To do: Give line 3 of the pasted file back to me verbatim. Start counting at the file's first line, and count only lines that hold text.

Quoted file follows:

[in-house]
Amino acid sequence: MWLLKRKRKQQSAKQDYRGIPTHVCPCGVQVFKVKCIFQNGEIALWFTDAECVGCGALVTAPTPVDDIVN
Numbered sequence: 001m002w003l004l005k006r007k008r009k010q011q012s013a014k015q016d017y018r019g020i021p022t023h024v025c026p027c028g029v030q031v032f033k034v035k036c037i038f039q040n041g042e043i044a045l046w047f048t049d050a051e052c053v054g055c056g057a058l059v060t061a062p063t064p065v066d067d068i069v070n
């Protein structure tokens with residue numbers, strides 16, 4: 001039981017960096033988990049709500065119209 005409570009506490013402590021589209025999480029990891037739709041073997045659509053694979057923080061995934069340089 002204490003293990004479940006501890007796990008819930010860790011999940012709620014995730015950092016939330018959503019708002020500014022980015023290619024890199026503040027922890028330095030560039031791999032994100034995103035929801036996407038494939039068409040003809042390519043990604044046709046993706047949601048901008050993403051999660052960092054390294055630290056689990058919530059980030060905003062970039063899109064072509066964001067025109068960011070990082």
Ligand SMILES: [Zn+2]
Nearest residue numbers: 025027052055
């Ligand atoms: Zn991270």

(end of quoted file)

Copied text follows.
Numbered sequence: 001m002w003l004l005k006r007k008r009k010q011q012s013a014k015q016d017y018r019g020i021p022t023h024v025c026p027c028g029v030q031v032f033k034v035k036c037i038f039q040n041g042e043i044a045l046w047f048t049d050a051e052c053v054g055c056g057a058l059v060t061a062p063t064p065v066d067d068i069v070n